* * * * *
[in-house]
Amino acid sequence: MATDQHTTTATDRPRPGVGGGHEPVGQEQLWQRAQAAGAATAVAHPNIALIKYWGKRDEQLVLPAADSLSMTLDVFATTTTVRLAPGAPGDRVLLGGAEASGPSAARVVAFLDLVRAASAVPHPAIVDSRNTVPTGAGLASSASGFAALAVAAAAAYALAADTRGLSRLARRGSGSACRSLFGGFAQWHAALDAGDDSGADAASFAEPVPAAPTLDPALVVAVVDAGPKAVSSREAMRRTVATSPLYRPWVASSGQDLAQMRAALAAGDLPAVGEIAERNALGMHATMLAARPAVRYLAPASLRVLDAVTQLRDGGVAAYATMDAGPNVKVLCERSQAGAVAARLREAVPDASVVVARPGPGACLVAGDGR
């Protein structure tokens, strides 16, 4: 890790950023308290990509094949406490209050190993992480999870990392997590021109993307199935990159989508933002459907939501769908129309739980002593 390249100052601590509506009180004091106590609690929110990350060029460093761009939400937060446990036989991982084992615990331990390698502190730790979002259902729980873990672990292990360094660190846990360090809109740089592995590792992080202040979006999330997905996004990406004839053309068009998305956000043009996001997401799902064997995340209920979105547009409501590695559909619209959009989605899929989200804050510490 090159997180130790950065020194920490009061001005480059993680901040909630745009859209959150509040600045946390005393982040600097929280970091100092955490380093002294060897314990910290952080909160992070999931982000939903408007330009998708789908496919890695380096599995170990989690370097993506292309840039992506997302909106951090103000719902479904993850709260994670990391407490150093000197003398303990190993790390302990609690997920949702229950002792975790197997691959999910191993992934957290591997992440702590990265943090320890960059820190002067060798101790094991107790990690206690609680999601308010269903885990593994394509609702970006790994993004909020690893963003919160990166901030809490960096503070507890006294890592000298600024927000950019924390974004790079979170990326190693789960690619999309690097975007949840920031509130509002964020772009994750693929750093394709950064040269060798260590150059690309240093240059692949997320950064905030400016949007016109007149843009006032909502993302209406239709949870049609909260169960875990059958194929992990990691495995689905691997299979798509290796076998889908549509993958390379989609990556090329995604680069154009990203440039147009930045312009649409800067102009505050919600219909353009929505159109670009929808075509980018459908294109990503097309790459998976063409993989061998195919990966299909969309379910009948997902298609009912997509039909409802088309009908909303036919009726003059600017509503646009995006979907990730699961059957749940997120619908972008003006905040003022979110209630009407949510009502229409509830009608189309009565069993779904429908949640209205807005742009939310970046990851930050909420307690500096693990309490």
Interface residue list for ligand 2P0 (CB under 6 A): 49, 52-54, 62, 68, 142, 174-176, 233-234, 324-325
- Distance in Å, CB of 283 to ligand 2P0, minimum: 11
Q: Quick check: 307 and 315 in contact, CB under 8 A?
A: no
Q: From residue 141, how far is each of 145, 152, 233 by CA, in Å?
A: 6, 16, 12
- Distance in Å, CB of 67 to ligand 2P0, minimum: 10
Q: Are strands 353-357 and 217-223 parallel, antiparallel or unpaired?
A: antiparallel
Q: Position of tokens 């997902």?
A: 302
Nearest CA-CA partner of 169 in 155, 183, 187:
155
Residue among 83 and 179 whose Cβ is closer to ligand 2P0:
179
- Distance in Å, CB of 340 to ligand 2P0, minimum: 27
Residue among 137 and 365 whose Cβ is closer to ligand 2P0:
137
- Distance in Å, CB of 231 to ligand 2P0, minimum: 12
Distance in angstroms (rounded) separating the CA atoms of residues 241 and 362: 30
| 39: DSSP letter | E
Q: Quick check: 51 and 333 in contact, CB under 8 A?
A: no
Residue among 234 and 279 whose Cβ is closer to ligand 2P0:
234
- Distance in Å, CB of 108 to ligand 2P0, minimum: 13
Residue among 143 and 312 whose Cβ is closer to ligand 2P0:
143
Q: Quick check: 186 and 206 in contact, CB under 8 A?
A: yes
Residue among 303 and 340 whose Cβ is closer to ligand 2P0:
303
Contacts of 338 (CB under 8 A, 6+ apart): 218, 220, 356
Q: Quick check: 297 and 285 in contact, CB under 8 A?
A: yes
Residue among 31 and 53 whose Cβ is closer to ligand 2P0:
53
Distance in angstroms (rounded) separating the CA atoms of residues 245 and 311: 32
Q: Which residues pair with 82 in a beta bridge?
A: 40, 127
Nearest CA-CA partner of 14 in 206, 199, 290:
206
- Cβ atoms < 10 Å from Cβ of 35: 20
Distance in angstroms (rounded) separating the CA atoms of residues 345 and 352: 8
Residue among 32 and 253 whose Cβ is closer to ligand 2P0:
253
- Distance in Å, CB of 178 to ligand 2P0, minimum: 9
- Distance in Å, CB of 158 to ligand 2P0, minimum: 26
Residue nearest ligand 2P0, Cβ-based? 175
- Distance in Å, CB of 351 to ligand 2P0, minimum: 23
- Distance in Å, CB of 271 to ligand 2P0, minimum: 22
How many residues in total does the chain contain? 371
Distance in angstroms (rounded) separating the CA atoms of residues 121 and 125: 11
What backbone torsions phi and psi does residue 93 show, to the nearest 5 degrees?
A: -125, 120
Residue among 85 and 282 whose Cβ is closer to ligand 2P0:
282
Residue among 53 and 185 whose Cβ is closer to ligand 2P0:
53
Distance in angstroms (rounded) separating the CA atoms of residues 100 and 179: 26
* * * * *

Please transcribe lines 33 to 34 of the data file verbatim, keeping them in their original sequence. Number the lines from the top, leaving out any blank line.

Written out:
A: yes
Residue among 303 and 340 whose Cβ is closer to ligand 2P0: